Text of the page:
Something Crude: Navajo Oil and Gas Leadership Rupturing at the Seams
The Navajo Nation Oil and Gas Company has survived months of upheaval in the makeup of its board of directors – and the company isn’t on solid ground quite yet.
The U.S. District Court in Phoenix, Arizona last week declined to hear an appeal of a Navajo Nation Supreme Court decision that denounced a board shakeup of the company by its shareholder representatives, who are also Navajo Nation Council members. Navajo Nation President Ben Shelly issued a statement shortly after the District Court’s decision, blasting the shareholder-Council members for attempting the appeal, and calling it an affront to the Navajo Nation’s sovereignty.
“These delegates acting as shareholders were asking the federal court to overturn our Navajo Supreme Court ruling that was entered against them on June 20,” Shelly said. “This was bad decision making on their part.”
The Navajo Nation Oil and Gas Company (NNOGC) was formed as a federally chartered corporation under Section 17 of the Indian Reorganization Act. According to its original charter, which was approved in 1998 by the Navajo Nation Council, all of the company’s profits must go to the Navajo Nation government for essential governmental services.
The Navajo Nation is the sole shareholder, and it’s supposed to be represented by 11 Council delegates taken from standing committees. Instead, the Council has only appointed five representatives: Mel R. Begay, Russell Begaye, Ken Maryboy, Charles Damon and Leonard Tsosie. Of these, Tsosie has evidently stayed out of the wrangling. He does not appear as a party on any of the court filings in the Navajo or federal cases. Two of the five, Maryboy and Begaye, are among 17 candidates running for Navajo Nation President.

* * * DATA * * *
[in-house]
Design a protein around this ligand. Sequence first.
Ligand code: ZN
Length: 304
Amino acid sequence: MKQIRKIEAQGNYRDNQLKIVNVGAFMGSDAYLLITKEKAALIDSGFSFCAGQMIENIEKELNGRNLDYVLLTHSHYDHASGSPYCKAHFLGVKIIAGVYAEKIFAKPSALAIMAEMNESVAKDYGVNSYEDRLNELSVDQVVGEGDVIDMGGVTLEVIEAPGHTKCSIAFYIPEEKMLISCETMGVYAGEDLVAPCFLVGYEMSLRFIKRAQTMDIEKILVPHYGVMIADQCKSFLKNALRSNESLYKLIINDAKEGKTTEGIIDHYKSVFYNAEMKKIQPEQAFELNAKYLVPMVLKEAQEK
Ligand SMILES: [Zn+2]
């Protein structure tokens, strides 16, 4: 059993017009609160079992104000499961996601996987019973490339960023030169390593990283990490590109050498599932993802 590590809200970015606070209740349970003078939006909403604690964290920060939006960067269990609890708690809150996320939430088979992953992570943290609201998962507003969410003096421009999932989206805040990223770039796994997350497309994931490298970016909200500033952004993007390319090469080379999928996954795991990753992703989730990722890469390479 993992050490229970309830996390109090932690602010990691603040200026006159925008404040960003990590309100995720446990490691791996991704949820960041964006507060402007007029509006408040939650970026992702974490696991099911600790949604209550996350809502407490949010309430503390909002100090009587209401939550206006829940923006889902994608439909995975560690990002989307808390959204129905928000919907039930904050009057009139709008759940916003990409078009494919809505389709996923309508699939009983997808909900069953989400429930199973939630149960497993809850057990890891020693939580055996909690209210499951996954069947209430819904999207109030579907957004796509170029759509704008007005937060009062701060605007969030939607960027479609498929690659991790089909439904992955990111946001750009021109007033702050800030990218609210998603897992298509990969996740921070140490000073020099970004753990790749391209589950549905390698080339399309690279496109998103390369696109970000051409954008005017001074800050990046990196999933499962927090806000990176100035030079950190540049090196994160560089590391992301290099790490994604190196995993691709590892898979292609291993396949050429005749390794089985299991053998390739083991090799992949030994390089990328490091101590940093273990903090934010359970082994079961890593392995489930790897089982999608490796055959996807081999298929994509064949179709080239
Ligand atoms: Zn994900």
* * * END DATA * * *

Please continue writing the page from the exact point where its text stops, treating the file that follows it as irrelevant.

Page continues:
The current trouble erupted late last year, Begaye said, as several NNOGC board members’ terms were set to expire. The board had nominated new candidates in line with a goal to assemble a board with more professional experience in the oil and gas industry. But when Shelly, and then the Council, started approving the replacements, the soon-to-be displaced members rebelled and began lobbying members of the Navajo Nation government. Begay, Begaye, Maryboy and Damon ousted two and suspended three of eight sitting board members at a December 21 meeting. Tsosie objected, saying that the procedure was improper.
Court documents filed by the displaced board members tell a different story. They say they were essentially disciplined because they were questioning the qualifications and behavior of the company’s CEO, Robert Joe. The targeted board members include Mae-Gilene Begay, Diandra Benally, Lennard Eltsosie, Jennifer Hatathlie and Nelson Toledo.
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